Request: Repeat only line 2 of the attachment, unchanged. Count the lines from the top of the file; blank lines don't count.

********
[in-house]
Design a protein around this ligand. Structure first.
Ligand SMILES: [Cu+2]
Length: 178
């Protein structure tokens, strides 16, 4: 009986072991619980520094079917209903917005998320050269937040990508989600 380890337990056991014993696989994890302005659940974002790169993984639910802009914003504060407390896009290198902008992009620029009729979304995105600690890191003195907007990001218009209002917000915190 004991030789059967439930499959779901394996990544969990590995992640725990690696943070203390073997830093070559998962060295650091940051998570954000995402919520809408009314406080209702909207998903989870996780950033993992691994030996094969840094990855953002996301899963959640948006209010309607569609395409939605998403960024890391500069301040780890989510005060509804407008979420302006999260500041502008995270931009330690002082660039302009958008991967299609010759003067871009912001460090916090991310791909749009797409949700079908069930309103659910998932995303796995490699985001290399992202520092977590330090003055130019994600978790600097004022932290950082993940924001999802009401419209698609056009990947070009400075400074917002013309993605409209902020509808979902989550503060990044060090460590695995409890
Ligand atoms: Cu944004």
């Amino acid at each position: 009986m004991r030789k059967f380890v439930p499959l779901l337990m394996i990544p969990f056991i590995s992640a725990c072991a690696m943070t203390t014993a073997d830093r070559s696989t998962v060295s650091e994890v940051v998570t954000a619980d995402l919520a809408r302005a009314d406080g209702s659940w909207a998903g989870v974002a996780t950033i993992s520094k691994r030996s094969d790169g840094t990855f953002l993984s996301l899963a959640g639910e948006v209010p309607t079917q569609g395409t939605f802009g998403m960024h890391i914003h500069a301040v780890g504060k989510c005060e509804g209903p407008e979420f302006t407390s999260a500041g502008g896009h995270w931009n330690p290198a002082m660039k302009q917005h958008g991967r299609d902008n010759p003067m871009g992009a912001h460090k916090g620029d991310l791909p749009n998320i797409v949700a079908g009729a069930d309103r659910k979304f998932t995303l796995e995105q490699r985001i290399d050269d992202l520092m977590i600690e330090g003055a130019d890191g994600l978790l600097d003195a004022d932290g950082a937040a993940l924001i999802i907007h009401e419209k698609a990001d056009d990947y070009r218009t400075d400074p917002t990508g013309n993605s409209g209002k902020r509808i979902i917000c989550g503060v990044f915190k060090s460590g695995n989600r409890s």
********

Design a protein around this ligand. Structure first.